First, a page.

It is obvious that B can play a significant role during the long periods required for nitridation using an rf plasma source. AES analysis indicates a final layer that contains about 10 to 20% BN. This is consistent with RHEED lattice constant measurements which also imply significant amounts of BN. If this is due to alloy formation, the AES shown in Figures 3 and 4 would imply approximate x-values of 0.04 and 0.4 respectively. The RHEED studies indicated similar compositions are possible assuming that Al1-xBxN is being formed. RHEED analysis consistently indicates a lattice constant closer to that of pure AlN for lower temperature nitridation implying that the higher temperatures are more effective for B capture in the evolving nitridation layer.
Polyakov et al. [11 ] studied the growth of AlBN solid solutions by MOCVD. They found that for compostions larger than about x=0.01 phase segregation occurred into BN and low x-value AlBN. The implication is that high x-value AlBN is thermodynamically unstable. In Polyakov’s study, the second B-rich phase appeared to be wurtzite BN. We cannot identify if this is occurring in our nitridation layers from the measurements made. It is possible that high x-value AlBN can be formed for the thin nitridation layers.However, it is also quite likely that phase separation is indeed occurring, particularly for the more B-rich layers found at higher temperatures. The onset of segregation may be indicated by the relatively abrupt second rise in lattice constant observed by RHEED, accompanied by the appearance of faint, diffuse rings. Indeed, the presence of both the faint ring pattern and the strong, streaky pattern is indicative of an inhomogeneous surface. Wideman et al. [6 ] found that lower nitridation temperatures led to reduced nucleation of cubic grains in subsequent AlN buffer layer growth. Based on our results, a possible mechanism explaining this result is the formation of larger x-value AlBN at higher temperatures, followed by segregation and nucleation of cubic BN inclusions once a critical thickness is reached. Polyakov et al.’s study suggests that the majority of the B-rich phase may maintain the wurtzite structure, thus higher temperatures and larger B concentrations may be necessary to nucleate the cubic phase.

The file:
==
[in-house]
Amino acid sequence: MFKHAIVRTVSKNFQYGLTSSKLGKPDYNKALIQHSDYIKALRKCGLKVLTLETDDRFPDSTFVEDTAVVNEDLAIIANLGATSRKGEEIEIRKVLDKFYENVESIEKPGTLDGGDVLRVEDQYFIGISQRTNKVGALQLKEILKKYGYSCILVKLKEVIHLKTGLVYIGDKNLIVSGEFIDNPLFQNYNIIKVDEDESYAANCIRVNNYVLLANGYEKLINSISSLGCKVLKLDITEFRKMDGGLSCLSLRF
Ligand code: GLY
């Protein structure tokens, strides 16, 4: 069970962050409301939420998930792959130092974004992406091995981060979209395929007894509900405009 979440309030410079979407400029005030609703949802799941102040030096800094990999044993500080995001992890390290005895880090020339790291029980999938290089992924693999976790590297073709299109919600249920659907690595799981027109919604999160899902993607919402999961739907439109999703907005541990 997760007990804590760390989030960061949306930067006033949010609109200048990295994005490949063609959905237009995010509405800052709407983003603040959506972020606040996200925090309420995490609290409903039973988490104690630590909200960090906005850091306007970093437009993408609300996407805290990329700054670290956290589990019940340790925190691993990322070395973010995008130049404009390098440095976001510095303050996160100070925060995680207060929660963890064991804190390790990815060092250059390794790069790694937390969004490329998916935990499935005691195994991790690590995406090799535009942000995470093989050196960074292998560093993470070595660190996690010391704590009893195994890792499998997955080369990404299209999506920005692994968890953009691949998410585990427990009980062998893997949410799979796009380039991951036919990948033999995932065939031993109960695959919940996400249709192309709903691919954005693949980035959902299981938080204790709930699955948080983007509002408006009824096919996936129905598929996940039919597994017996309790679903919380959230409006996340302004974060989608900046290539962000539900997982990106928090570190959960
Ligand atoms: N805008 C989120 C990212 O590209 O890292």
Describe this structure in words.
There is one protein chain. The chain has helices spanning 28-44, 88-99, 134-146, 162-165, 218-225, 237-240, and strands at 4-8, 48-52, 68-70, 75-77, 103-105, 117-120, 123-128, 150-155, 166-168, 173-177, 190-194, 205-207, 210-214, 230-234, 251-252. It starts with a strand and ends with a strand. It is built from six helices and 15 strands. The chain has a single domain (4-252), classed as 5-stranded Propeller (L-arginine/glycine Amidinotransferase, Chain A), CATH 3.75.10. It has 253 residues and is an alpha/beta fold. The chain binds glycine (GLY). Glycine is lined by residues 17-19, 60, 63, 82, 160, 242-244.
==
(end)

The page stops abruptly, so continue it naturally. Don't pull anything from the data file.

Boron can be a significant contaminant originating in plasma sources utilizing PBN liners. While it is not clear what role a small background of B has on the properties of GaN, B may have a significant influence on the nitridation of sapphire using rf plasma sources. In particular, the formation of Al1-xBxN alloys can explain observed lattice constants smaller than expected for AlN. Segregation of BN in large x-value alloys coupled with nucleation of the more thermodynamically stable cubic BN phase may explain one possible mode for the subsequent nucleation of cubic GaN or AlN on nitridated sapphire.
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This work was supported by ONR Grant N00014-96-1-1008 and monitored by Colin E. C. Wood.
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Ptak, A.J., Ziemer, K.S., Holbert, L.J. et al. Formation of BN and AlBN During Nitridation of Sapphire Using RF Plasma Sources. MRS Internet Journal of Nitride Semiconductor Research 5, 195–201 (2000). https://doi.org/10.1557/S1092578300004270